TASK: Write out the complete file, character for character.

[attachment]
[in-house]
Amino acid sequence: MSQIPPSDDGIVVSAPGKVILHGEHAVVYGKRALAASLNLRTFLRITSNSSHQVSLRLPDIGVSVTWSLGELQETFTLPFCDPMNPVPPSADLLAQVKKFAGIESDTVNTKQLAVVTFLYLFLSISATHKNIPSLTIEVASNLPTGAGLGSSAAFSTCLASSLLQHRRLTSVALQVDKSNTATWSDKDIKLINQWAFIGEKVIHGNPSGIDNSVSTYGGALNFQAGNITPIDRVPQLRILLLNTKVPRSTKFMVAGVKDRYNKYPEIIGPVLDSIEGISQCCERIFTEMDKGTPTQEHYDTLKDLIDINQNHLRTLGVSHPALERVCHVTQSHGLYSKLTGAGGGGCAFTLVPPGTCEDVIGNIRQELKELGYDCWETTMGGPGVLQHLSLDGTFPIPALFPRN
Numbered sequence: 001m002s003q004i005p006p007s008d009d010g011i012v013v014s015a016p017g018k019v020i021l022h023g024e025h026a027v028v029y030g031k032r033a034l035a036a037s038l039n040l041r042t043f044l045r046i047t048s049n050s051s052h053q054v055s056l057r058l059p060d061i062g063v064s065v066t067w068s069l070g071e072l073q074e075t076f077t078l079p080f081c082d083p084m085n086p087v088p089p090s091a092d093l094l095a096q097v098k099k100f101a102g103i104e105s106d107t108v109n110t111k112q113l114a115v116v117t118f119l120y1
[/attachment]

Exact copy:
[in-house]
Amino acid sequence: MSQIPPSDDGIVVSAPGKVILHGEHAVVYGKRALAASLNLRTFLRITSNSSHQVSLRLPDIGVSVTWSLGELQETFTLPFCDPMNPVPPSADLLAQVKKFAGIESDTVNTKQLAVVTFLYLFLSISATHKNIPSLTIEVASNLPTGAGLGSSAAFSTCLASSLLQHRRLTSVALQVDKSNTATWSDKDIKLINQWAFIGEKVIHGNPSGIDNSVSTYGGALNFQAGNITPIDRVPQLRILLLNTKVPRSTKFMVAGVKDRYNKYPEIIGPVLDSIEGISQCCERIFTEMDKGTPTQEHYDTLKDLIDINQNHLRTLGVSHPALERVCHVTQSHGLYSKLTGAGGGGCAFTLVPPGTCEDVIGNIRQELKELGYDCWETTMGGPGVLQHLSLDGTFPIPALFPRN
Numbered sequence: 001m002s003q004i005p006p007s008d009d010g011i012v013v014s015a016p017g018k019v020i021l022h023g024e025h026a027v028v029y030g031k032r033a034l035a036a037s038l039n040l041r042t043f044l045r046i047t048s049n050s051s052h053q054v055s056l057r058l059p060d061i062g063v064s065v066t067w068s069l070g071e072l073q074e075t076f077t078l079p080f081c082d083p084m085n086p087v088p089p090s091a092d093l094l095a096q097v098k099k100f101a102g103i104e105s106d107t108v109n110t111k112q113l114a115v116v117t118f119l120y1